Swans Commentary » swans.com August 13, 2007  



The Chilling Effect: The Fairness Doctrine


by Gerard Donnelly Smith





(Swans - August 13, 2007)   Disabled by a Reagan-appointed FCC, the Fairness Doctrine should have been reinstated after both houses of Congress passed a law that would require FCC enforcement. Reagan vetoed the law, and the public airwaves have never been the same.

The argument was that the Fairness Doctrine had a "chilling effect" on free speech; that journalists resented and resisted finding opposing voices for their stories on controversial issues. Yet, that argument was and still is a "straw man," for the doctrine did not stop any journalist from writing, nor stop any citizen from stating his/her opinion. The doctrine only required that broadcast news shows be fair and balanced. Personal attacks and political editorials full of lies and distortions would not be aired on television and radio, because the doctrine, when enforced, would require the stations to provide airtime for the opposition to counter the lies and distortions.

In other words, freedom of speech would be improved by a reinstatement of the Fairness Doctrine. Debate over controversial issues is essential in a democratic society so that consensus can be achieved. Without a fairness doctrine, the public may be misinformed by so called "news agencies" that are controlled by corporate ideologues who support political parties friendly to their agendas. Under such situations, anti-democratic propaganda can be disseminated on the airwaves to an audience that believes the news is factual, and that journalists are objective.

Consider previous situations in Congress, when a Republican majority in both houses stifled debate, investigation, and oversight. The abuses and crimes of the current administration are allowed to continue unchecked. Moreover, very little of the frustrations and activities of the Democrats is broadcast on the "public" airwaves because conservative corporations censor the news. Instead, the opposition party is portrayed as obstructionist, unpatriotic, and supportive of terrorism if any speak out against the president's foreign or domestic policies.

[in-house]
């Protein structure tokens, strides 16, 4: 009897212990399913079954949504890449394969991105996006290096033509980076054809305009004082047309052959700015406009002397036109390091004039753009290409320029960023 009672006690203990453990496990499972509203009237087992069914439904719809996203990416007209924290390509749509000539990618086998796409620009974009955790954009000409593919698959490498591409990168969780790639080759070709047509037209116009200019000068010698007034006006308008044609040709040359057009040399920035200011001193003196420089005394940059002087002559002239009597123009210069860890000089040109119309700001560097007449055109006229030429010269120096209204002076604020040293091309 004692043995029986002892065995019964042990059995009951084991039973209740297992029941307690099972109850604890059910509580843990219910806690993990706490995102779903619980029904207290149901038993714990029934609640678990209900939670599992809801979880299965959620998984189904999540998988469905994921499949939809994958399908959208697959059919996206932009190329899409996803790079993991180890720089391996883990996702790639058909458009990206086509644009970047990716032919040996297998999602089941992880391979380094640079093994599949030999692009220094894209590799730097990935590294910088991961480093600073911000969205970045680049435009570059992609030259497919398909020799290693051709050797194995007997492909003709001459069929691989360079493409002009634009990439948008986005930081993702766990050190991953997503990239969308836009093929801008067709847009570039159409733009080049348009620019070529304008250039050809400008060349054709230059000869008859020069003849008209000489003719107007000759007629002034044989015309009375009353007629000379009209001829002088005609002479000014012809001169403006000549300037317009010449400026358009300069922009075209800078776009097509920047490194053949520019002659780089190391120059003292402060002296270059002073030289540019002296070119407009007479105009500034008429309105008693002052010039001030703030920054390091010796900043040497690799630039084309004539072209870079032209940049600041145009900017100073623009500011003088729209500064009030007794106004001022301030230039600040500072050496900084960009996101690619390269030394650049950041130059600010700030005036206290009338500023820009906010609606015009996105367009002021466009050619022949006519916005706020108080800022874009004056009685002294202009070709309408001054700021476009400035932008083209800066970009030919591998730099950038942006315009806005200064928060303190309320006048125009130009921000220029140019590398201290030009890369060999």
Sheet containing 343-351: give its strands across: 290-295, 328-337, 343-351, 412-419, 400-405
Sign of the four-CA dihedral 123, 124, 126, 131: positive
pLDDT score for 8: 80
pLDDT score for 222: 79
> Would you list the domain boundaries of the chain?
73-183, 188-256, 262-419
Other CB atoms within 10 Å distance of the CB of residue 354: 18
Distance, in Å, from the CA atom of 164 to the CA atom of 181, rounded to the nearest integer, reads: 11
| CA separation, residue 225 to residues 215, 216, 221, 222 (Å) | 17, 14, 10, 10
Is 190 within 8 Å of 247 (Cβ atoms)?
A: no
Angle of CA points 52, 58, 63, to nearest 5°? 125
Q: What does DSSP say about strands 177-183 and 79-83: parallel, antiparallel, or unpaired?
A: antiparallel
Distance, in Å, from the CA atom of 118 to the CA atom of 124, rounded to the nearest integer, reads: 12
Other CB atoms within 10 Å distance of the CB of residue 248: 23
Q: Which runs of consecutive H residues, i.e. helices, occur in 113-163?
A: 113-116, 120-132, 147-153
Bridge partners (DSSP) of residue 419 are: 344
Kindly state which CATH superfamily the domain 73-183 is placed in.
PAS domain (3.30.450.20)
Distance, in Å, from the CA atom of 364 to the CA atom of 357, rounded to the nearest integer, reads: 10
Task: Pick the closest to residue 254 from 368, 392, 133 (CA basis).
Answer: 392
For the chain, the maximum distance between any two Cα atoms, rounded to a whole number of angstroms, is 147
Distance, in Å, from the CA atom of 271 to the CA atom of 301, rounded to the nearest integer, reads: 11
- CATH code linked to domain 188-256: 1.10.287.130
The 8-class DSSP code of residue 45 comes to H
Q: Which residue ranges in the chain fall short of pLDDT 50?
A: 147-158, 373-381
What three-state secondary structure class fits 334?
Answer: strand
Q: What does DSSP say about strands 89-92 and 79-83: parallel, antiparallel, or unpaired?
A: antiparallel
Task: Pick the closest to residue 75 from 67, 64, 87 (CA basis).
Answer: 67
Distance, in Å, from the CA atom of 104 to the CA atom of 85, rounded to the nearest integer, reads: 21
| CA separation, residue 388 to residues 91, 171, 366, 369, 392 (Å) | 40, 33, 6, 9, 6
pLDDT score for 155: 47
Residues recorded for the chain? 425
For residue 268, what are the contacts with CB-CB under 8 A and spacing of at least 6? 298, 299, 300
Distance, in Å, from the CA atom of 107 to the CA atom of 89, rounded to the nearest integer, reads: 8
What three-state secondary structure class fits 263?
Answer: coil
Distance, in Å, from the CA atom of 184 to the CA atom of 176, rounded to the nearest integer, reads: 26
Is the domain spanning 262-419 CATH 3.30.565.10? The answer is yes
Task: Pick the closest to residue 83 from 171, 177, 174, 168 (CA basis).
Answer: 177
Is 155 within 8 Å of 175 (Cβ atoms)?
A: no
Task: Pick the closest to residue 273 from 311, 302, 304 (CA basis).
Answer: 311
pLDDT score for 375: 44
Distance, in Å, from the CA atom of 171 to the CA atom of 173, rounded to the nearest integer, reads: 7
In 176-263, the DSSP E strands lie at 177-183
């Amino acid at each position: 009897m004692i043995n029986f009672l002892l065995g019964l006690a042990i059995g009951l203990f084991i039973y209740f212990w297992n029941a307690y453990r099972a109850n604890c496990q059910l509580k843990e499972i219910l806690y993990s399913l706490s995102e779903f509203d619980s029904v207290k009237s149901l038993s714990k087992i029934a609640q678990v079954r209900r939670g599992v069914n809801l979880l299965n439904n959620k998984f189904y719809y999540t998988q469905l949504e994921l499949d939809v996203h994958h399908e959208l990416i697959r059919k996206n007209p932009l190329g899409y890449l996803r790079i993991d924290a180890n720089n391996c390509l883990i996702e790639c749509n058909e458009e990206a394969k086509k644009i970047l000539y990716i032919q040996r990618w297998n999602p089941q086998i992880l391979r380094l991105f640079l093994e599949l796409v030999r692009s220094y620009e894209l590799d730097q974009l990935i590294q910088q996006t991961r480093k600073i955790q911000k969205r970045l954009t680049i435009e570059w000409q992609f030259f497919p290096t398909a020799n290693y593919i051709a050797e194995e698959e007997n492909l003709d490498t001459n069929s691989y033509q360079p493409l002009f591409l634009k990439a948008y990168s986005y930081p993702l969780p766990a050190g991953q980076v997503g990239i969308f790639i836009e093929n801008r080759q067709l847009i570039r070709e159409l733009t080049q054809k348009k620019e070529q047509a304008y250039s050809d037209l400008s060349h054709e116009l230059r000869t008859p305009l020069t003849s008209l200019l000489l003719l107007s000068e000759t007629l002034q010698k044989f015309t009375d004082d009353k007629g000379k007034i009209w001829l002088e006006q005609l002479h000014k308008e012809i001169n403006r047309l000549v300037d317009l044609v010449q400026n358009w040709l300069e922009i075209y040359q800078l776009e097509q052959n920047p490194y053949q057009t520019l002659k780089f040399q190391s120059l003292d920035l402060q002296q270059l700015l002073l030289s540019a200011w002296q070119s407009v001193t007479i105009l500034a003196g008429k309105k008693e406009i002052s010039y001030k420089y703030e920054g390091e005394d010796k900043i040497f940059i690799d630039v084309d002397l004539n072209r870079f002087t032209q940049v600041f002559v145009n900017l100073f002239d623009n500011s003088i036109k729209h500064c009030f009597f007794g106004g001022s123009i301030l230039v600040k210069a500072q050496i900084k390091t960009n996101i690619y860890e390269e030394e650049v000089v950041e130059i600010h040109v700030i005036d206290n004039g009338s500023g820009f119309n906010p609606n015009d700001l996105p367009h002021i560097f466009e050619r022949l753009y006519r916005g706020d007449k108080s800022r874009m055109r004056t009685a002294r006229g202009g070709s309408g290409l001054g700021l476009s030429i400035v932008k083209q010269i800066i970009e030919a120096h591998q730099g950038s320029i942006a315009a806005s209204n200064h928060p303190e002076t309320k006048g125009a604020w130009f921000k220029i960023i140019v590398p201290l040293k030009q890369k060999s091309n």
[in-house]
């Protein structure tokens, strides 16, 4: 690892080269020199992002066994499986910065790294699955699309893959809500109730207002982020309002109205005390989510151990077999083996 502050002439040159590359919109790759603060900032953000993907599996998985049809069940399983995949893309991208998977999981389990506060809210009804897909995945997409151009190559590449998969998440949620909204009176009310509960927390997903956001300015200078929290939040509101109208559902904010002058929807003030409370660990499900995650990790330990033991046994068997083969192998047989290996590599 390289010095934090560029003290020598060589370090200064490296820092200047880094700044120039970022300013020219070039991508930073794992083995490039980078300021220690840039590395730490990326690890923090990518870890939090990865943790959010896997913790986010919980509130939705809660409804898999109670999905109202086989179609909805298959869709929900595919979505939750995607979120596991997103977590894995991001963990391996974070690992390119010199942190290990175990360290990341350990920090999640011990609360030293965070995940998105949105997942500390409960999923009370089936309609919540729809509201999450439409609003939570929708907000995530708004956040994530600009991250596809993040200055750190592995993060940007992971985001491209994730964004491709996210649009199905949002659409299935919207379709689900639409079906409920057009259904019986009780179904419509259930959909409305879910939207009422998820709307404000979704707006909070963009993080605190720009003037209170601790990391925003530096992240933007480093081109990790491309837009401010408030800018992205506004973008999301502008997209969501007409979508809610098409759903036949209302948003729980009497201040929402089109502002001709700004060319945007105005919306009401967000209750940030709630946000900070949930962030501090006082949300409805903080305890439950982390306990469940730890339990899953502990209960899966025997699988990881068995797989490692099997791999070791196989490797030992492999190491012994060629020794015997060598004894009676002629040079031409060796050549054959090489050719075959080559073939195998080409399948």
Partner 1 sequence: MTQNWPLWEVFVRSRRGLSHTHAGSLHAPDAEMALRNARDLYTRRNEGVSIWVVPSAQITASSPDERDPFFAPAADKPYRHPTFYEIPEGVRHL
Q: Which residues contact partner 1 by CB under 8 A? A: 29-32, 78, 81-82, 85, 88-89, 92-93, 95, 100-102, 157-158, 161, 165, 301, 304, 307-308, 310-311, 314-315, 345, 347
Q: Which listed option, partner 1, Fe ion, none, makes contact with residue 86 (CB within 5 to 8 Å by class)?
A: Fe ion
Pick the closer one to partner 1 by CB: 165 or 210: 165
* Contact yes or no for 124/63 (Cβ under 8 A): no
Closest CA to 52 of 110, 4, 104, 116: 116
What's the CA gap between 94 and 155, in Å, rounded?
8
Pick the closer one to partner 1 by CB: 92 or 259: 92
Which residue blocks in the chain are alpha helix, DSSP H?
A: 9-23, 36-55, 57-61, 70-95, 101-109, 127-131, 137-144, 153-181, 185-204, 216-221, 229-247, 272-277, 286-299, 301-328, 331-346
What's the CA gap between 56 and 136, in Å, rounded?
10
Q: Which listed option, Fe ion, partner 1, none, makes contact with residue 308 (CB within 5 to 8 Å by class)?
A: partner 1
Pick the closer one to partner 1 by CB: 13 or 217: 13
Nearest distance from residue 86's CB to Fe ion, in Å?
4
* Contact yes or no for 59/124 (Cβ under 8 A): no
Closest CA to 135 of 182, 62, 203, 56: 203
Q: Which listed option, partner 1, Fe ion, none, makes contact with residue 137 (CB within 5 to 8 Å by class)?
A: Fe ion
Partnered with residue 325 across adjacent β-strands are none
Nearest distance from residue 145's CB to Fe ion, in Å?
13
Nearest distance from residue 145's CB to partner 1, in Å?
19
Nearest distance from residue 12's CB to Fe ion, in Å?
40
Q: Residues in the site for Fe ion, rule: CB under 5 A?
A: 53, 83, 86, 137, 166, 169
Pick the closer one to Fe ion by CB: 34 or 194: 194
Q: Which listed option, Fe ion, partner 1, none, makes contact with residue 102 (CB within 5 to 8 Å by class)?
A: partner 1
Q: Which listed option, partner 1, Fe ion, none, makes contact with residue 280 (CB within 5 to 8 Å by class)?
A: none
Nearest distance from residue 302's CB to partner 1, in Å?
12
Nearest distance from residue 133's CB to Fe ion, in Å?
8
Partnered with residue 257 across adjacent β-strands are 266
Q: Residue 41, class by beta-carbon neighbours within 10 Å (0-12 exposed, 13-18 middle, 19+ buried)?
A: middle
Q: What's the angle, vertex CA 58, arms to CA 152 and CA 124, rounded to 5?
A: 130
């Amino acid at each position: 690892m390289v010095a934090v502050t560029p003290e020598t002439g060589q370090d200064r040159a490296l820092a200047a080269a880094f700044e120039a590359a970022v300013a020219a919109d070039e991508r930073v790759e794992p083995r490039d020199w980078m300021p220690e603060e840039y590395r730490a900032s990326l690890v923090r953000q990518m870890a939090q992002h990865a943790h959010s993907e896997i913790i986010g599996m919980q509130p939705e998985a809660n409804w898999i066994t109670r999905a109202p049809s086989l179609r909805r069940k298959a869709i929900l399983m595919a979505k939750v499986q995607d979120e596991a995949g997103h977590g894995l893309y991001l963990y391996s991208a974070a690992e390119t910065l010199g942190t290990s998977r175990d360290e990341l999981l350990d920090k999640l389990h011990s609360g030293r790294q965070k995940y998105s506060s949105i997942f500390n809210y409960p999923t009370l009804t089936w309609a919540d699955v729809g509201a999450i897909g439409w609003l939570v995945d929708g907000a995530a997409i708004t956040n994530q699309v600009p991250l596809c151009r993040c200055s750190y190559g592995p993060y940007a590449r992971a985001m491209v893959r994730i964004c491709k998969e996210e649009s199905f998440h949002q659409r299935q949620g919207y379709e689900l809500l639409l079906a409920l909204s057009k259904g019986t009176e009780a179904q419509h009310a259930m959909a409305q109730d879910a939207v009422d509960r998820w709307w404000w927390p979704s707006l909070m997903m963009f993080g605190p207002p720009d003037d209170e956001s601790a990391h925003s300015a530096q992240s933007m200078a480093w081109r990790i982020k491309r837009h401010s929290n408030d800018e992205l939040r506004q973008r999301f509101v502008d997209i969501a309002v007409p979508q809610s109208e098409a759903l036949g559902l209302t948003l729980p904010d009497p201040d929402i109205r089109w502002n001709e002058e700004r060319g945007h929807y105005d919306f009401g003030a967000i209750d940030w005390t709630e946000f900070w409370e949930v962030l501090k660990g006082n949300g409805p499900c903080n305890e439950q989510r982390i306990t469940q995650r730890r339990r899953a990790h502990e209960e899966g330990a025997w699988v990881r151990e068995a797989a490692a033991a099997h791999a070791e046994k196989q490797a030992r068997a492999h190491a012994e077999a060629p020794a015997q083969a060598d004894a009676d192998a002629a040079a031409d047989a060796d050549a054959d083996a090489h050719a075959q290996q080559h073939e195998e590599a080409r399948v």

With a doctrine of fairness, a full debate about the war would have taken place on radio and television. The lies of the Bush administration, for which they should all be impeached, would have been exposed by investigative journalists who would have been protected by the fairness doctrine. Perhaps exposure on all prime-time stations compels Bush to resist reinstatement. That is the "chilling effect" that the repeal of the Fairness Doctrine has had. Unscrupulous journalists and broadcasters are allowed to disseminate lies, and some journalists who might provide a well-balanced argument refrain because they may be fired. Conservative corporations, which control the airwaves and by proxy the conservative administration, don't want the truth let out.

In an article written for FAIR, Steve Rendall reported that "80 hours per week, more than 4,000 hours per year, [were] programmed for Republican and conservative talk shows, without a single second programmed for a Democratic or liberal perspective" on just two Eugene, Oregon, radio stations. The source of this information, lawyer Edward Monks, concluded: "Political opinions expressed on talk radio are approaching the level of uniformity that would normally be achieved only in a totalitarian society." Those statistics are repeated across the country, and if it weren't for Air America and late-night comedy, the liberal opposition would have no broadcast voice.

This ability to dominate public debate is the greatest danger of unregulated broadcasting.

The Heritage Foundation, the ultra right-wing think tank, argues that the Fairness Doctrine will stifle freedom of speech because "broadcasters would be more reluctant to air their own opinions because it might require them to air alternative perspectives that their audience does not want to hear." This argument that the Fairness Doctrine will cause "self-censorship" to avoid a drop in ratings cannot be taken seriously. The principle of "if it bleeds it leads" repudiates the argument; broadcasters will air controversial debates because Americans like a good fight. Moreover, if all stations must present fair and balanced news and debate, then a loss of audience will not occur, because "turning the dial" won't silence the opposition. The audience will either have to watch the fair and balanced news, or simply turn off the television.

That would not be a negative result either.


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About the Author

Gerard Donnelly Smith on Swans (with bio).



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Published August 13, 2007